(The Center Square) – The Texas oil and natural gas industry has maintained its status as a behemoth in U.S. in energy production, adding jobs and breaking production records despite federal policies attempting to stifle it.
Upstream jobs grew by an additional 2,200 jobs in October, largely fueled by record Permian Basin production. October’s job growth also represented a 9.9% increase from October 2022, according to the data.
Over 16,500 jobs in the upstream sector were added this year, with current upstream employment totaling around 212,900 jobs.
“In spite of turbulent economic times and increasing geopolitical tensions, Texas’ oil and natural gas industry continues to grow,” Todd Staples, president of the Texas Oil & Gas Association, said. “The industry remains committed to continuing to produce affordable, reliable energy to provide energy security for our nation and our allies around the world.”
TXOGA notes that since the COVID-low point of September 2020, the industry has added or recovered 55,900 jobs, averaging growth of 1,511 jobs a month.
Months with an increase in upstream oil and natural gas employment outnumbered months with a decrease by a margin of 32-to-5.
The upstream sector includes oil and natural gas extraction and some mining. It excludes the sectors of refining, petrochemicals, fuels wholesaling, oilfield equipment manufacturing, pipelines, and gas utilities, supporting hundreds of thousands of additional jobs. The Texas oil and natural gas industry pays among the highest wages in Texas, with an average salary of roughly $115,000 in 2022.
The employment data “yet again indicated strong job postings for the Texas oil and natural gas industry during the month of October,” the Texas Independent Producers and Royalty Owners Association (TIPRO) said.
According to its analysis, there were 10,843 active unique jobs postings last month, including 3,965 new jobs listed. Texas, by a wide margin, has the greatest number of oil and natural gas jobs in the country. California had 3,066 unique job postings last month, followed by Oklahoma’s 1,512, Louisiana’s 1,409 and Pennsylvania’s 1,041. Nationwide, there were over 47,517 unique job postings listed in the sector last month, TIPRO found.
The Texas Comptroller also reported that Texas oil and natural gas producers paid more in taxes and royalties last month than they did in October 2022: $586 million in oil production taxes (8% increase) and $192 million in natural gas production taxes.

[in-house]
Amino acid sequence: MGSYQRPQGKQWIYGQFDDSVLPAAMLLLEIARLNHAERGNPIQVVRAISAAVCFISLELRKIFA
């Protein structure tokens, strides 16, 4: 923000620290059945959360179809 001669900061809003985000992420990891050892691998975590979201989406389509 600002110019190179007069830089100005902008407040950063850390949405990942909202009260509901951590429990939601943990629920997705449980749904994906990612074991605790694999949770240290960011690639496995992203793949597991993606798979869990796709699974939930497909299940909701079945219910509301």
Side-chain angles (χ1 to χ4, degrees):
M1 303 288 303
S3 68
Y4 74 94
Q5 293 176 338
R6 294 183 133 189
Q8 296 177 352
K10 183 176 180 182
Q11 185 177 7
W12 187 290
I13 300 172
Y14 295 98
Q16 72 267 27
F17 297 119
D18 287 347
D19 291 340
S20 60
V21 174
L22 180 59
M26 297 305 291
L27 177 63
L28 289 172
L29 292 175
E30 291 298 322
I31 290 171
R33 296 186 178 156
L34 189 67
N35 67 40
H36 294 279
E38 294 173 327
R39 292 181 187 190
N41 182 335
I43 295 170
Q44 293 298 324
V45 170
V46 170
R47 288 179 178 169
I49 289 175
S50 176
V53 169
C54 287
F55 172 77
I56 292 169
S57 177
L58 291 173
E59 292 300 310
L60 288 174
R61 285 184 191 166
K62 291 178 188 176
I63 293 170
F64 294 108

Texas’ production and employment gains are fueled in large part by west Texas production in the Permian Basin. The U.S. Energy Information Administration (EIA) projects that producers in the Permian, the top shale-producing region in the U.S., will pump a record 5.98 million barrels per day (bpd) in December.
This is a marked reversal from previous projections estimating a decline.
Natural gas production in the Permian is also expected to increase next month, reaching 24.86 billion cubic feet per day (bcf/d), higher than 24.75 bcf/d, expected to be produced this month.
The EIA also projects a decline in output in other basins nationwide before the end of 2023.
“We are pleased to see continued growth in employment, production and direct economic contributions from the Texas oil and natural gas industry,” TIPRO president Ed Longanecker said. “Market volatility will continue due to competing factors, including inflationary pressures and geopolitical tensions, but we expect global supply to remain tight and demand growth to continue, supported in large part by the state of Texas.”
He also points out that, despite record production in Texas a number of factors that include conflict in the Middle East and OPEC+ countries cutting supply, oil prices are expected to go up in early 2024.
He also projects that “Russian and Iranian supply will largely remain flat in 2024, with Russia expected to maintain its mid-2023 production despite facing new U.S. sanctions over price cap violations. Iran may see a small increase in crude production as it continues to export to China. However, with insufficient upstream investment, sanctions on their crude oil and limited oil consumption growth in China, production in Iran will also remain limited.”
“The West Texas Index forecast of $75-$80/barrel for the rest of the year, points in part to continued uncertainty in the market,” he said. This is because of inflation and “poorly conceived U.S. energy policy and federal fiscal policy having its desired economic dampening effect on consumer spending, which will continue to play out in early 2024,” he said in a statement emailed to The Center Square.
Natural gas demand in the U.S. “remains bullish,” he adds, with LNG exports continuing to increase in the long-term.
Despite the Biden administration’s relentless attacks on the industry, Longanecker emphasized, TIPRO expressed its “sincere gratitude to the hundreds of thousands of hardworking men and women in the Texas oil and natural gas industry for providing the critical energy needed to meet growing demand here and abroad and the outsized contributions from an economic and national security perspective.”